2.1. The PICmicros
The PICBASIC™ Compiler produces code that may be programmed into a wide variety of PICmicro microcontrollers having from 8 to 40 or more pins and various on-chip features including A/D converters and hardware timers and serial ports.
There are some PICmicros that will not work with the PICBASIC™ Compiler, notably the PIC16C5x series including the PIC16C54 and PIC16C58. These PICmicros are based on the older 12-bit core rather than the more current 14-bit core. The PICBASIC™ Compiler requires some of the features only available with the 14-bit core, the foremost of which being the 8-level stack.
There are many, many PICmicro MCU, some pin compatible with the '5x series, that may be used with the PICBASIC™ Compiler. Currently, the list includes the PIC12C671, 672, PIC14C000, PIC16C554, 558, 61,62(AB), 620(A), 621(A), 622(A), 63(A), 64(A), 642, 65(AB), 66, 662, 67, 71, 710, 711, 712, 715, 716, 717, 72(A), 73(AB), 74(AB), 76, 77, 770, 771, 773, 774, 84, 923, 924, PIC16F627, 628, 83, 84(A), 870, 871, 872, 873, 874, 876 and 877. See the READ.ME file for the latest chip support list. For direct replacement of a PIC16C54, 56 or 58, the PIC16C554, 558, 620, 621 and 622 work well with the compiler and are very nearly the same price.*
For general purpose PICmicro development using the PICBASIC™ Compiler, the PIC16F84 and PIC16F628 are the current PICmicroMCUs of choice. These 18-pin microcontrollers uses flash technology to allow rapid erasing and reprogramming to speed program debugging. With the click of the mouse in the programming software, the PICmicro MCU can be instantly erased and then reprogrammed again and again. Other PICmicro MCUs in the 12C67x, 14C000, and 16Cxxx series are either one-time programmable (OTP) or have a quartz window in the top (JW) to allow erasure by exposure to ultraviolet light for several minutes.
The PIC16F84 also contains 64 bytes of non-volatile data memory that can be used to store program data and other parameters even when the power is turned off. This data area can be accessed simply by using the PICBASIC™ Compiler'sREAD and WRITE commands. (Program code is always permanently stored in the PICmicro's code space whether the power is on or off.)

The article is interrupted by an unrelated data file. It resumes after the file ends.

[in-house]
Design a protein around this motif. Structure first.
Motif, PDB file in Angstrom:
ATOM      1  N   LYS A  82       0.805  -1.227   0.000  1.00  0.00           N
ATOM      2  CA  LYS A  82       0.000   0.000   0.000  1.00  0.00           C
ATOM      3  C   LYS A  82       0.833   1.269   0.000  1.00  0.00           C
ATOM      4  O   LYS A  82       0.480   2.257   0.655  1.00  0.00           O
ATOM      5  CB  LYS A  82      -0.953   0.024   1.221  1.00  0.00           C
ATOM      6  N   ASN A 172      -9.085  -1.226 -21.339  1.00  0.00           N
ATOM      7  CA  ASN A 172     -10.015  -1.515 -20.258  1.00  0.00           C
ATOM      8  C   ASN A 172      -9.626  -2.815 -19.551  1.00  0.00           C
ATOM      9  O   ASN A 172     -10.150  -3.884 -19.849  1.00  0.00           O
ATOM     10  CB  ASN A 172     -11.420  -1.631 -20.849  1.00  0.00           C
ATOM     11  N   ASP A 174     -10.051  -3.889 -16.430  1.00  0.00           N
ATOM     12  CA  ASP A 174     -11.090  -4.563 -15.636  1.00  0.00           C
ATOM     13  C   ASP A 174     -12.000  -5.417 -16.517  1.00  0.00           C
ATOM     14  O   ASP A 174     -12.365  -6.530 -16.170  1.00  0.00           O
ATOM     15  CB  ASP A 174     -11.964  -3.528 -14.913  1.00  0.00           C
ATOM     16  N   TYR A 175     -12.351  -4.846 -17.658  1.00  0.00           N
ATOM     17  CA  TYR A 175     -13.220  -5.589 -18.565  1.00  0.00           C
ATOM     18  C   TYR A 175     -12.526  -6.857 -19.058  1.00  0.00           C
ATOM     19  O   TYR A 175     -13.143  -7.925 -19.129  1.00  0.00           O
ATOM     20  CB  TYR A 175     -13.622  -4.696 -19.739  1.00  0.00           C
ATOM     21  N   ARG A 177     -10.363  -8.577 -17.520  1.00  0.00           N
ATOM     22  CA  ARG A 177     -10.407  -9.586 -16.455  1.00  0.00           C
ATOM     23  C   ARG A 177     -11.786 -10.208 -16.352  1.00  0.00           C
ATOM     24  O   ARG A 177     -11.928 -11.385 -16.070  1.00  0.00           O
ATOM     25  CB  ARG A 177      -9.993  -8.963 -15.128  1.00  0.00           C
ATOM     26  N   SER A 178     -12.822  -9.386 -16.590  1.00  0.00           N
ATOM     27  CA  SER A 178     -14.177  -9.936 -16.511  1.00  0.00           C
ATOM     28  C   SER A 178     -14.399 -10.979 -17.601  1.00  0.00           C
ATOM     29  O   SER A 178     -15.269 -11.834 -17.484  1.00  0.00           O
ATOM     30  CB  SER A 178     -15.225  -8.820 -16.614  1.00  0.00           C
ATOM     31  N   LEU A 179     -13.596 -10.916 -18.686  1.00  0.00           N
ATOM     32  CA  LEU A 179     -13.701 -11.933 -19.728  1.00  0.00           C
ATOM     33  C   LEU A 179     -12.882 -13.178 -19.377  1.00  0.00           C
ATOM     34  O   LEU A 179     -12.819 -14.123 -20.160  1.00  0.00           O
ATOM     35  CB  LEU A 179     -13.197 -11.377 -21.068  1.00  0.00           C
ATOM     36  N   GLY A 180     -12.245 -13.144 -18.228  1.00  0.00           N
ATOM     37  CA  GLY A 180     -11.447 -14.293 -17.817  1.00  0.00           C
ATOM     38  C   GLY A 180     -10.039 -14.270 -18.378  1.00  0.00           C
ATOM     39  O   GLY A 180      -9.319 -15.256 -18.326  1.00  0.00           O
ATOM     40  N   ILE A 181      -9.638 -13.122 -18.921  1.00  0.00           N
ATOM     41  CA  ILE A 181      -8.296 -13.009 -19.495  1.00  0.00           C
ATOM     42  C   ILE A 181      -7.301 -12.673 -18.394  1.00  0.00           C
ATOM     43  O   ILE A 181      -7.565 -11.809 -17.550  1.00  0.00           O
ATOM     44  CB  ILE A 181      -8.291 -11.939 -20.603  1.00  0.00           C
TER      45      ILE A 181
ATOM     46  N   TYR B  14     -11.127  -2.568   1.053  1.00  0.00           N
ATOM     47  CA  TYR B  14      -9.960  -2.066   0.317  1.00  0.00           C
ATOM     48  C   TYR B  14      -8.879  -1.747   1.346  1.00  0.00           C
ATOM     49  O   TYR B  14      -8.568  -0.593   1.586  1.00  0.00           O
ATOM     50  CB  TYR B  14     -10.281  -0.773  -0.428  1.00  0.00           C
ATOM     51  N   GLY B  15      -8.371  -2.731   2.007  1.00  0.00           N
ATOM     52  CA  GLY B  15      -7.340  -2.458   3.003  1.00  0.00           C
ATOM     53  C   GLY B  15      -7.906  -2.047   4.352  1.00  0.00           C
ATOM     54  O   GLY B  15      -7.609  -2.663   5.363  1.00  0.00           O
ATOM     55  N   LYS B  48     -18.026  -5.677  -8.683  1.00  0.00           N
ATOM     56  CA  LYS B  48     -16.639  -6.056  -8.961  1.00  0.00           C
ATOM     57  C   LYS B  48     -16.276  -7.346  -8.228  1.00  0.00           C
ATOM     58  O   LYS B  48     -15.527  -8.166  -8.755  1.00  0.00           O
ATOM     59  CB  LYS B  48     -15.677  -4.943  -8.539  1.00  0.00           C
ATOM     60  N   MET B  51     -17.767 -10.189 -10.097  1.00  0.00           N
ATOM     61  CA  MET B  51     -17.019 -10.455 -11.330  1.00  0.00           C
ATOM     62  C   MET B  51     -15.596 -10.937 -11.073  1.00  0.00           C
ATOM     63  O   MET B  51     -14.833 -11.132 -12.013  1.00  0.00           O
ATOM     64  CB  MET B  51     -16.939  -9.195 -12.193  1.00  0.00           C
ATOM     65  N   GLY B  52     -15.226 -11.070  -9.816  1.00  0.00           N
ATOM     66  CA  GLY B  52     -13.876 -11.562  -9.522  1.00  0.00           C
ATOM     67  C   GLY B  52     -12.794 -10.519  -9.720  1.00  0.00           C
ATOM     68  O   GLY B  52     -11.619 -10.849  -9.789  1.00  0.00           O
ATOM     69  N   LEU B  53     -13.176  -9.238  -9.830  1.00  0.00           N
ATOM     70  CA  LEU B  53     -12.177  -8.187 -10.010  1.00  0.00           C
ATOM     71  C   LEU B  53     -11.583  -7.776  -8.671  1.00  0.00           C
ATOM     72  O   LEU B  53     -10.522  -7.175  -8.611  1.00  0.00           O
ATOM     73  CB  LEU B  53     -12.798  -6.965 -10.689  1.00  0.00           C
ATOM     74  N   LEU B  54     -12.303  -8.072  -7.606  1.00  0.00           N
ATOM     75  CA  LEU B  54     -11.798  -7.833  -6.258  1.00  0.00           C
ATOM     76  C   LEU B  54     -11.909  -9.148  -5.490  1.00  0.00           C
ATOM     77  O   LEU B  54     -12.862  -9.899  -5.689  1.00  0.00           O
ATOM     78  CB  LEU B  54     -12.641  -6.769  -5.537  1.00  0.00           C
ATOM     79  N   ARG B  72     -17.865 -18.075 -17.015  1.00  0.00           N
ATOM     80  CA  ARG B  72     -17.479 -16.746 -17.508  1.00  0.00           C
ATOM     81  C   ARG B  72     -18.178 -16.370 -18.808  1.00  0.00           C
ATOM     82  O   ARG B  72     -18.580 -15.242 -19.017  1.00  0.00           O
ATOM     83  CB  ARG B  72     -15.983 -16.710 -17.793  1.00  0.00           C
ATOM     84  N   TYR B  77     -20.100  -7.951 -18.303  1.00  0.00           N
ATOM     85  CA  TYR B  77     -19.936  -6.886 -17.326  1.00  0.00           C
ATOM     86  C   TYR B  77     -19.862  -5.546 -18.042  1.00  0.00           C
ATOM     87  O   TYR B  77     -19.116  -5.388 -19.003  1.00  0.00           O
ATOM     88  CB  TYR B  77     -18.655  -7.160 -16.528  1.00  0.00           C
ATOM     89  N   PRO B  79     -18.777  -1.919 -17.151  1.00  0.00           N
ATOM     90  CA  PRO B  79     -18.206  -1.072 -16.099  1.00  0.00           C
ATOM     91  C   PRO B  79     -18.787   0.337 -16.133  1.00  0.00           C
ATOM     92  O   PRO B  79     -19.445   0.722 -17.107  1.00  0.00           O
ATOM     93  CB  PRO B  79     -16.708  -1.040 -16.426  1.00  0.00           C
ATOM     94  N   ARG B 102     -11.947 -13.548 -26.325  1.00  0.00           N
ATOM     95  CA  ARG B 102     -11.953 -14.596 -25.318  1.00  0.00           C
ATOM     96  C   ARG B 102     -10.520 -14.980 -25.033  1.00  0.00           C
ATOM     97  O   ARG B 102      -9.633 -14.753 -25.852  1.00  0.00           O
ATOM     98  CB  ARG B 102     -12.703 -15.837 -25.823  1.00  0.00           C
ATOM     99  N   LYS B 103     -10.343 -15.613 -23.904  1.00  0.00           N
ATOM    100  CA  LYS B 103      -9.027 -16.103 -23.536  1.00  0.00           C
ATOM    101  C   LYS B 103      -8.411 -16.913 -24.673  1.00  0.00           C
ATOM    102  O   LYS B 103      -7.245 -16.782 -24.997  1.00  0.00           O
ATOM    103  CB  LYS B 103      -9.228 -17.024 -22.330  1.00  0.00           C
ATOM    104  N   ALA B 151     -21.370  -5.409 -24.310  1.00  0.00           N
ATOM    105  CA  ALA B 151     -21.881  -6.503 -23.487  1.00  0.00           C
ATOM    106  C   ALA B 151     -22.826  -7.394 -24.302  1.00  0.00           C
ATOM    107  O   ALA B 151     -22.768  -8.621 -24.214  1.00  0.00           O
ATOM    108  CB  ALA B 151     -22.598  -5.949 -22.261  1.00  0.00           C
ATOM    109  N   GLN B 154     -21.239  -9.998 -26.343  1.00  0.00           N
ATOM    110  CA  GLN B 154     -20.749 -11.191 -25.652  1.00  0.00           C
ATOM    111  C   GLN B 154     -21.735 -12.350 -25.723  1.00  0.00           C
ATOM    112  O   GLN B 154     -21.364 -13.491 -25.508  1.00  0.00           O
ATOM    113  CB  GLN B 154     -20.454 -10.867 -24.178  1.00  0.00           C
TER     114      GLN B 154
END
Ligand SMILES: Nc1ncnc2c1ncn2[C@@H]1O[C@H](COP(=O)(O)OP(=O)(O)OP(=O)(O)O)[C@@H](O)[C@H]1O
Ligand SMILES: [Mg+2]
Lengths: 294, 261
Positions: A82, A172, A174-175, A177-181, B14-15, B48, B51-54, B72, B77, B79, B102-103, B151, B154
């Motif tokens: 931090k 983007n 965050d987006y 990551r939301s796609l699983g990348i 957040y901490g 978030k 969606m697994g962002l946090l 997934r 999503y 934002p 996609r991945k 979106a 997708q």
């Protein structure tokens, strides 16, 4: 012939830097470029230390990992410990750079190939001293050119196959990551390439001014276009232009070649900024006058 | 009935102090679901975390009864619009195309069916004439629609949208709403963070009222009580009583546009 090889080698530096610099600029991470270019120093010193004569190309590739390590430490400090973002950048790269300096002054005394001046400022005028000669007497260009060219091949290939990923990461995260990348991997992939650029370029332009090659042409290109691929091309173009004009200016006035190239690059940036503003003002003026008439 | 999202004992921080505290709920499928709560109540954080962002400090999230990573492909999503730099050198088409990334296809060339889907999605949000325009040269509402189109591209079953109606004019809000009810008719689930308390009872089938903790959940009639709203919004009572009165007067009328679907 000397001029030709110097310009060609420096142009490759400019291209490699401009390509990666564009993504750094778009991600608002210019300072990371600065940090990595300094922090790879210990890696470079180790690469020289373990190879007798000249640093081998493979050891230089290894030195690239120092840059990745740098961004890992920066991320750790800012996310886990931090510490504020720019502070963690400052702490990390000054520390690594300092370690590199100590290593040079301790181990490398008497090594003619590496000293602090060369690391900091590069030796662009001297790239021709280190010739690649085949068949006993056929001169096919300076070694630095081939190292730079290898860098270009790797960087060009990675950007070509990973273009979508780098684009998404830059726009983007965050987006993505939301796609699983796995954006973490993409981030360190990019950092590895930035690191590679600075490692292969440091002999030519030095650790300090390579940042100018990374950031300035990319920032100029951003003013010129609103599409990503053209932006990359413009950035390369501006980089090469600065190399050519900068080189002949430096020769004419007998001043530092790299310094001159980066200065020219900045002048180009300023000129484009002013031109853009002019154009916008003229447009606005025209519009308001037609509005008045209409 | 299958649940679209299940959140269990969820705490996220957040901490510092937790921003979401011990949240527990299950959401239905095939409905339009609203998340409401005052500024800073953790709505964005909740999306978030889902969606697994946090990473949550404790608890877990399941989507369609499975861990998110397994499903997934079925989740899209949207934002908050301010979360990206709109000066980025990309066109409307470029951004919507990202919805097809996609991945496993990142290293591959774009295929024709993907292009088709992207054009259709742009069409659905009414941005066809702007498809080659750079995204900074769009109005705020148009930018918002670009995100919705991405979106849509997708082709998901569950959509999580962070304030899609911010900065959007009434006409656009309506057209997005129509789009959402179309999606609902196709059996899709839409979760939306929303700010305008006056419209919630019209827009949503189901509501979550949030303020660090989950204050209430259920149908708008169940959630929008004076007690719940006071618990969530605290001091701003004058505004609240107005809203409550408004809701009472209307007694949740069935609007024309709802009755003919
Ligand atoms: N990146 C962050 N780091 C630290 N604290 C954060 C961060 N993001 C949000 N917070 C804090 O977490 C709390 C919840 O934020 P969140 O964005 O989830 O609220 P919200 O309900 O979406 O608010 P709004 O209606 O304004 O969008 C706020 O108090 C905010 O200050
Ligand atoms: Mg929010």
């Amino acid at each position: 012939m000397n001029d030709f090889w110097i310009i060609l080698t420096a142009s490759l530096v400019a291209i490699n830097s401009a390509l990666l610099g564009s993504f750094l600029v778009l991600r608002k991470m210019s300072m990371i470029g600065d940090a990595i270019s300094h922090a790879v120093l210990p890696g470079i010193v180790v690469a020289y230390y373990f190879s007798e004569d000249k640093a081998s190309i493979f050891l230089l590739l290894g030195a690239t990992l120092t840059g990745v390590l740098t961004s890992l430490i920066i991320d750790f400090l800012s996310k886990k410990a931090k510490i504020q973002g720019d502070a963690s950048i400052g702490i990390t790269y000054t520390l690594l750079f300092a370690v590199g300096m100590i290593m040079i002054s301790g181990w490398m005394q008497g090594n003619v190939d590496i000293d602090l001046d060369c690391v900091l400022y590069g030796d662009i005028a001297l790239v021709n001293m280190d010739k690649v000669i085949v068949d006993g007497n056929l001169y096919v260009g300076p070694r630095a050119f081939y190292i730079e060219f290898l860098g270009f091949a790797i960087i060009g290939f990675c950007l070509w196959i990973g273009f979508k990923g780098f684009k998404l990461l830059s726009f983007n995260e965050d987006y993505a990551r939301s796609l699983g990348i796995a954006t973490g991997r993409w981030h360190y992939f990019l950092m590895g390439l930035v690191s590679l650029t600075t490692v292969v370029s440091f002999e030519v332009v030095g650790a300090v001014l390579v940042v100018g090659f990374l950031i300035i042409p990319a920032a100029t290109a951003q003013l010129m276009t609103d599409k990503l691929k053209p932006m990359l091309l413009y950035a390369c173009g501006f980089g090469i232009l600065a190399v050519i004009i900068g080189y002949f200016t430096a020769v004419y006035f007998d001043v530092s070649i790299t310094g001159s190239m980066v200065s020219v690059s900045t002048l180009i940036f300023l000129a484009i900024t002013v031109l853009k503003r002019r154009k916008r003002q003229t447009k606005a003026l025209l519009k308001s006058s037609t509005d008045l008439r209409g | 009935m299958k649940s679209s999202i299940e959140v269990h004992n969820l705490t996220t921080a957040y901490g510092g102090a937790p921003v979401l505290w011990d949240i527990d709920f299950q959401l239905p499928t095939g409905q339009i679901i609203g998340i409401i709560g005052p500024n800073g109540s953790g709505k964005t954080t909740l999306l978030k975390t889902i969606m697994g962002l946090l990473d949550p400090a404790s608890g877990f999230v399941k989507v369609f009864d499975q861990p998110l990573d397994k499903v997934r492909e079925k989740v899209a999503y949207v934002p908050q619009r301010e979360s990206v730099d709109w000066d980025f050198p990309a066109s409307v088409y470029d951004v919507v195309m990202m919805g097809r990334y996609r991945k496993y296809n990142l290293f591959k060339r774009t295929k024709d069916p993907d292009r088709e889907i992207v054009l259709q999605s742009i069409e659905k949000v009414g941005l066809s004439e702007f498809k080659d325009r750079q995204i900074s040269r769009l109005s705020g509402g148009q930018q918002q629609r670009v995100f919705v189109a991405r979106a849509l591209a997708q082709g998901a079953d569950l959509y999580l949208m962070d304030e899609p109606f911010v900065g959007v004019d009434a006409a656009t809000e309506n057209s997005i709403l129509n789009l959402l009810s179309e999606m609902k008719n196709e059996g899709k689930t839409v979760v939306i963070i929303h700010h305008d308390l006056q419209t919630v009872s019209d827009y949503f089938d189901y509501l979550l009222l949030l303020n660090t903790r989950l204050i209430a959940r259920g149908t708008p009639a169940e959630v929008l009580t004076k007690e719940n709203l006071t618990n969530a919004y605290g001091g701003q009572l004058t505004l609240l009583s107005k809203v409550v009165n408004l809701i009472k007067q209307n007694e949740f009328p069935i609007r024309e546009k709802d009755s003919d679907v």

By using the 'F84 for initial program testing, the debugging process may be sped along. Once the main routines of a program are operating satisfactorily, a PICmicro with more capabilities or expanded features of the compiler may be utilized.
While many PICmicro MCU features will be discussed in this manual, for full PICmicro MCU information it is necessary to obtain the appropriate PICmicro MCU Data Sheets or the CD-ROM from Microchip Technology. Refer to Appendix B for contact information.
*Selling price is dictated by Microchip Technology Inc. and its distributors.
2.2. The Pins
Pins used byPICBASIC™ Compiler commands are numbered 0 - 7 as with the BASIC Stamp I. These pins are mapped onto PICmicro MCU hardware port B such that Pin0 refers to PORTB pin 0 or simply PORTB.0 (or RB0), Pin1 refers to PORTB.1 and so forth up to Pin7 referring PORTB.7. The pin number, 0 - 7, has nothing to do with the physical pin number of a PICmicro. Depending on the particular PICmicro, Pin0 could be physical pin 6, 21 or 33, but in every case it is PORTB.0.
PICBASIC™ instructions that reference a pin number such as HIGH or LOW want only the pin number 0 - 7, eg. High 3 (set Pin3 high). If High Pin3 is entered instead, the results are unexpected. Always use only the number or a SYMBOL that equates to a number with pin manipulation instructions.
On the other hand, if the current state of a pin is required, to read a switch for example, the whole pin name would be used, eg. If Pin4 = 0 Then loop. In this case the state of Pin4 (PORTB.4) is read and if it is low (0) the program jumps to the label loop:. If Pin4 is high (1), the program continues with the next instruction after the If..Then.
All of the pins may be set at the same time using the predefined variable Pins. For example, Pins = 255 sets all of the pins high. The variable Dirs is also predefined to allow setting of the pin's directions.
There are only 8 pins, Pin0 - Pin7, defined by the BS1 while a PICmicro may have 13, 22, 33 or more actual I/O pins. Some library routines such as I2COUT make use of some of these additional I/O pins automatically. For access to other I/O pins, the PEEK and POKE instructions were created.